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Matt Stokes. Photo: Damien Wootten
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Matt Stokes, 'Cantata Profana', 2010. Installation at Kunsthalle Fridericianum, Kassel. Photo: Nils Klinger. Courtesy the artist; Lüttgen, Cologne; Workplace Gallery, Gateshead and ZieherSmith, New York.
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Matt Stokes, production still of 'Cantata Profana', 2010. Photo: Christian Lesemann. Courtesy the artist, Lüttgen, Cologne, Workplace Gallery, Gateshead and ZieherSmith, New York. 
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Matt Stokes, 'Cantata Profana', 2010. Installation at Kunsthalle Fridericianum, Kassel. Photo: Nils Klinger. Courtesy the artist; Lüttgen, Cologne; Workplace Gallery, Gateshead and ZieherSmith, New York.
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Matt Stokes, production still of 'Cantata Profana', 2010. Photo: Christian Lesemann. Courtesy the artist, Lüttgen, Cologne, Workplace Gallery, Gateshead and ZieherSmith, New York. 
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Matt Stokes, production still of 'Cantata Profana', 2010. Photo: Christian Lesemann. Courtesy the artist, Lüttgen, Cologne, Workplace Gallery, Gateshead and ZieherSmith, New York.
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Matt Stokes, production still of 'Cantata Profana', 2010. Photo: Christian Lesemann. Courtesy the artist, Lüttgen, Cologne, Workplace Gallery, Gateshead and ZieherSmith, New York. 

Matt Stokes interview

The artist tells us about putting the lung power of six extreme metal vocalists to the test in his uproarious video installation

By Freire Barnes
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A rumble ricochets around Dilston Grove’s high church walls as six men growl into their mics. The low hum coming from British artist Matt Stokes’s video installation then quickly moves into an intense reverberation that will leave your bones quivering. ‘I’ve always been really interested in the way extreme metal vocalists use their voice,’ Stokes tells me during the final tweaks of installing ‘Cantata Profana’.

Since winning the Beck’s Futures Prize for Britain’s best emerging artist in 2006, Stokes has embedded himself in northern soul communities and the punk scene in Austin Texas, to study the driving force behind these countercultural groups.

‘One of the key factors behind “Cantata Profana” was meeting Der Kurt from Paroxysm,’ says Stokes. ‘I saw him play a gig at the same time as the idea for the work came about.’ Meeting the German grindcore (a mixture of thrash metal and hardcore punk) singer Der Kurt inspired Stokes to bring together vocalists from the Netherlands, Norway, UK and the US. It’s a kind of microcosm of the extreme metal scene, which came about in the 1980s through tape trading between singers around the world. Stokes and his collaborator, contemporary classical composer Orlando Gough, then let them experiment in the studio. ‘I had a note stuck to my desk for ages with “anti hymn” and “anti anthem” written on it,’ Stokes says.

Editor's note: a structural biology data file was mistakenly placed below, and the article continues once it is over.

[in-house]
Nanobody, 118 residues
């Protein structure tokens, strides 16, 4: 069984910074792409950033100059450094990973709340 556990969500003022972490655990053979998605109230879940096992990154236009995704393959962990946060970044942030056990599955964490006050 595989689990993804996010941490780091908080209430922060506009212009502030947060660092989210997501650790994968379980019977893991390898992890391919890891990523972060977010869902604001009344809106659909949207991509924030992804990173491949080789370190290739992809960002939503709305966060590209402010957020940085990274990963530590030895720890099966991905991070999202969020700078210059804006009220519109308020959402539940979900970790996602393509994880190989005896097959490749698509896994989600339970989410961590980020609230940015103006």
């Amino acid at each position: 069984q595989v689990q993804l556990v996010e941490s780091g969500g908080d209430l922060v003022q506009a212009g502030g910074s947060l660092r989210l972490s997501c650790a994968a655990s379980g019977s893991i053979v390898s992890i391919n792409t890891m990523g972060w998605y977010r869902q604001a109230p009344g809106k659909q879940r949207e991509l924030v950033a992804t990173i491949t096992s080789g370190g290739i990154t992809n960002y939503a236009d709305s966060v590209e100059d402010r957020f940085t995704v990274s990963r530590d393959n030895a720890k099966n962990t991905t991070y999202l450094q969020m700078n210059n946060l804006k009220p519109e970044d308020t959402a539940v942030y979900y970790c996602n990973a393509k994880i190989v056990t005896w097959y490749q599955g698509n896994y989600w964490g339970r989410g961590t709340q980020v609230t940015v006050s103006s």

What transpired is a guttural and immersive audio work, matched by some extraordinary video footage of the singers as they wring out the sound. It’s an exploration of the body’s capabilities. ‘The film clearly illustrates the physicality involved,’ Stokes says. ‘The way the vocalists use their body to make sounds as well as the intensity of emotion.’

Although there’s a hint of traditional choral composition, there are moments when the noises don’t sound human at all, which make you ponder the possibility of some technical tampering. ‘It’s what they do with their voice,’ explains Stokes. ‘I want to change the perception of people who wouldn’t normally listen to extreme metal.’

The ecclesiastical setting of Dilston Grove, a former mission church in Southwark Park, certainly aids the acoustics. ‘The architecture helps the voice travel,’ says Stokes. ‘Which creates an element of immersion so you can switch off from the outside world. I tried to design this feeling of possible transcendence.’ Whether or not you’re a believer, you’re sure to be uplifted by this sonic masterpiece.

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